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Sweet Hope: an Appalachian ghost story

Michael Easterling


Where do I start? There are so many layers in this book, it’s impossible to pull out one as most important. All the themes add their own special something to the story to create a compelling whole.


Parry is a young anthropologist who takes a break from her university life to help a friend. Adam Manly Singer is a musician. He plays, lives, bluegrass with its haunting ballads that tell of a life that was. Adam wants Miss Parry to help uncover the truth of a song that tells of the death of a teacher and his pregnant lover, believed to have been killed by the girl’s uprighteous, indignant family. More exactly, he wants help to exhumate a grave which he believes to be the teacher’s.


Parry makes the long journey to Appalachia to help her friend, hoping the peace and beauty of Hoagland Holler away from the city where she doesn’t feel she quite belongs, will help her as well.


Set in the 70s, this place is so far removed from the city that Parry doesn’t feel she belongs there either. The life is primitive, the people hostile, protective of their own rights while ignoring those of others – even basics like the right to life. Land is what drives their psyche. If you don’t have land, you don’t have anything.


The search for the teacher is initially fruitless, but the ghost of the pregnant lover on her towering horse pushes the search in different directions. As Miss Parry comes closer to the truth, her own life is in danger. The question becomes – who can be trusted?


The story explores friendships and belonging, family ties and obligations. It gives a glimpse into attitudes towards sexuality that caused so much hurt in that era. The impact that the Vietnam war had on its veterans is illustrated through one so affected. It looks at how cultures develop in places isolated from the rest of the world by distance, inaccessibility and hardship. Even religion develops its own flavour in an area which harks back to the old skills necessary for survival when the ‘modern’ world is out of reach.


When I first read this story, I totally believed in the strange society it presented, simply from the strength of the writing. I had no knowledge of life in Appalachia at any time, present or past. I asked the author if this was a created environment or based on the reality of it. The author confirms it was based on both research and personal experience, even the bizarre events of the church. The author remembered as a boy going to a Pentecostal church and watching a worshipper crawl on all fours and bark like a dog.


The story revolves to a great extent around Bluegrass music with the characters singing and playing whenever they can, and lyrics are often quoted. The love of this music was evident, which comes from the author’s own love of the music. All the songs mentioned in the story are songs he has played at one time or another. The author has placed a concealed joke into the story which runs throughout. Miss Parry hates the banjo and scorns banjo players. The author plays the banjo.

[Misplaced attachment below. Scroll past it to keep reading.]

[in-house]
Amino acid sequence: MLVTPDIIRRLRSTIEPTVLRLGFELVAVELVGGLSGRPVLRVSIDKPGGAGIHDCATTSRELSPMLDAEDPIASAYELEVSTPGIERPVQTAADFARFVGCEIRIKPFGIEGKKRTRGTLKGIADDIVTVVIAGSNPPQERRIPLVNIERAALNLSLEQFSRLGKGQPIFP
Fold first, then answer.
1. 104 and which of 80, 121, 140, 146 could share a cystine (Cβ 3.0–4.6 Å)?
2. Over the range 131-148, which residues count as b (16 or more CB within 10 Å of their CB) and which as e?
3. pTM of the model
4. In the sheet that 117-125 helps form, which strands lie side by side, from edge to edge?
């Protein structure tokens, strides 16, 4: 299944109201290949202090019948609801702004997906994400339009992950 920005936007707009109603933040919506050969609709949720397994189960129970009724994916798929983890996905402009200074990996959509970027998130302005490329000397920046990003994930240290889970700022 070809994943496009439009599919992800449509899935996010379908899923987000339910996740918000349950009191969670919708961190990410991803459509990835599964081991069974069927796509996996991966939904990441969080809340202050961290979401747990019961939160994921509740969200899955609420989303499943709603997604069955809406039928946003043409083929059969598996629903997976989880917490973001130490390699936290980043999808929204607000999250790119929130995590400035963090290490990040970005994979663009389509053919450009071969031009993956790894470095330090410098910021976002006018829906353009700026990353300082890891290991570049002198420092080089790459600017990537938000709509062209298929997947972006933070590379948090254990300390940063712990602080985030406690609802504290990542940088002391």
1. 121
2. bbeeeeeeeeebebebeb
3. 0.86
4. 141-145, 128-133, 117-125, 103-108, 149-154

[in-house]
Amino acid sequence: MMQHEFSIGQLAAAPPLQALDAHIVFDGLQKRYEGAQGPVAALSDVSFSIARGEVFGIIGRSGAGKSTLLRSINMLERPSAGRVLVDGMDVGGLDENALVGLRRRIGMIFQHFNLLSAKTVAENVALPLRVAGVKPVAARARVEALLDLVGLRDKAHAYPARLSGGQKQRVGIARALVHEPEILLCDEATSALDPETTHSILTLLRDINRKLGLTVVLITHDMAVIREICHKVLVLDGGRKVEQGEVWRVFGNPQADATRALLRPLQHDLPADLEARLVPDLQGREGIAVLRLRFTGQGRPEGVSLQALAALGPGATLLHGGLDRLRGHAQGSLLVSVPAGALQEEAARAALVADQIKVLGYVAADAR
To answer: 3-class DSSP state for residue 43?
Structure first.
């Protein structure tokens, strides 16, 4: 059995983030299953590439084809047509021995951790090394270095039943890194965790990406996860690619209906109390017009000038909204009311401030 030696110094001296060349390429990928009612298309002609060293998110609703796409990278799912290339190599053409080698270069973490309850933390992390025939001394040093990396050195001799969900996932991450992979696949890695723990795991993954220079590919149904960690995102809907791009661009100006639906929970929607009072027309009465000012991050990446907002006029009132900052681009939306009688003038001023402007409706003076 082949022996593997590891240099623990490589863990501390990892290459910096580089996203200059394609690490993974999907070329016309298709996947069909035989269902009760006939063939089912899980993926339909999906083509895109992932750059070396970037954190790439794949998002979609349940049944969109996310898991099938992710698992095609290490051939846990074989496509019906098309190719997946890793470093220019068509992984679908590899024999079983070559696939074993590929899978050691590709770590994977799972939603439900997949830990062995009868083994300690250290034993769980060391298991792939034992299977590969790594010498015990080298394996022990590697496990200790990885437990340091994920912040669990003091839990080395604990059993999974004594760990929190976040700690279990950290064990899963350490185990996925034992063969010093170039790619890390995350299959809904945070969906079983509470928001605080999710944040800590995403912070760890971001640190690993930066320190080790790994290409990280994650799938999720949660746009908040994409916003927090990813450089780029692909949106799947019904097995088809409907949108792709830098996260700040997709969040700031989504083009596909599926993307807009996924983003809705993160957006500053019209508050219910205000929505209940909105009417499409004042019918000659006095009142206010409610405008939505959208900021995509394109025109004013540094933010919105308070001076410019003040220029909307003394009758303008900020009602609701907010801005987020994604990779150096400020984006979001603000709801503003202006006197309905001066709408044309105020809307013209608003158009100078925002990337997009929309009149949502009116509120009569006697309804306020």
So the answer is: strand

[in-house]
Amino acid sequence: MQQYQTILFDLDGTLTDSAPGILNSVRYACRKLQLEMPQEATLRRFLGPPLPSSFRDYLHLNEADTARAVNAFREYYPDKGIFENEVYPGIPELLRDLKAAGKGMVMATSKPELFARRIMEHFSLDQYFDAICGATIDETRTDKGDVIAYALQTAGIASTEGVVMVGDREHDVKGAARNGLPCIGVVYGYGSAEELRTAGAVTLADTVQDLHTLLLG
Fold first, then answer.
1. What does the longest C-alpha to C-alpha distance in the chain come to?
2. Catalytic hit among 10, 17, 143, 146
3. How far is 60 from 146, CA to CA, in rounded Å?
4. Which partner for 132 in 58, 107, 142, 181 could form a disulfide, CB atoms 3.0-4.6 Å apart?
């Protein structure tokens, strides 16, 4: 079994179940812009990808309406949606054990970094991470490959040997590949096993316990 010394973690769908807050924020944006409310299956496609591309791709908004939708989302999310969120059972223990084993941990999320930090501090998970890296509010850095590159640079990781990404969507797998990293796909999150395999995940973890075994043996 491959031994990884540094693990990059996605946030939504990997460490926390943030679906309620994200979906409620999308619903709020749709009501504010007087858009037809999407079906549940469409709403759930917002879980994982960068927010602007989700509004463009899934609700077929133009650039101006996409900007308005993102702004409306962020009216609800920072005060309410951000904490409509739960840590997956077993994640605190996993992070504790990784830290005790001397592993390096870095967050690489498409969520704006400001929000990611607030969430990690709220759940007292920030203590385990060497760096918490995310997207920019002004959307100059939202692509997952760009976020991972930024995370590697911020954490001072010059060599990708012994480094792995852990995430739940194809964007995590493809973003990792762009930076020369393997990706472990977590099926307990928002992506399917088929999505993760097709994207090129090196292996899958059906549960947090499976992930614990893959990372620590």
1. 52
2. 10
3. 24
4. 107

The story was prompted from an article in the Smithsonian recounting how the musician John Hartford hired the anthropologist Doug Owlsley to dig up a grave of a mountaineer whose claim to fame was getting killed in a hillbilly feud. As Owlsley worked, John Hartford played the fiddle to help coax the corpse out of his grave. One has to ask which is stranger - the fact or the fiction?


This book is well worth the read. Aside from the intriguing story, it gives immersion into a different way of life.


I asked the author to tell us about themself and their publishing journey.


The author Michael and his wife Elizabeth work together as a team; Michael writes and Elizabeth does everything else, including the editing. It is a joint venture.

Elizabeth says:


We are self-published. For our first book, The Water at the End of the World, I wrote query letters to over 265 agents and had no success getting a foot in the door of traditional publishing. In the early days, self-publishing was a real nightmare and quite expensive. Now with KDP, it’s relatively easy and it gives us access to the largest bookseller in the world.


The cover of Sweet Hope is a story in itself. We knew the cover had to be the photo of Canara Rivers and Rosanne that Adam Manly Singer used for the cover of his album. We have a friend who fits the description of Canara Rivers, and he and his wife posed for us in front of an old barn at a local winery. So I started working with Photoshop (my very first project!) and realized the barn just wasn’t right. So the barn in the final picture is from my grandmother’s ranch in Arizona. The sky was a little dull as well, so I imported a sky from our trip to Lyme Regis.


I did all the formatting using the templates provided by KDP. They’re pretty user friendly, and there are lots of helpful articles and tutorials. It’s a bit of a learning curve, but not too hard.


I published in paperback first, and from there it was quite easy to publish in eBook format as well. More recently KDP has offered a hardcover option as well. The only difference is that you have to adjust the size of the cover. As a surprise, I had four of Michael’s books done up in hardcover, and I’m really pleased with the results.


Marketing has been the hardest part, and I can’t say anything had brought us a lot of success. I have tried some Facebook ads and Amazon ads with limited response. In both platforms, I’ve spent more than I made. I occasionally get a response to posts on Facebook, but it seems like the groups I post in are not really interested in buying books.


https://www.amazon.com/Michael-Easterling/e/B0752PRJ7R


https://www.facebook.com/ValleyOakPublications/?ref=py

easterling@hughes.net


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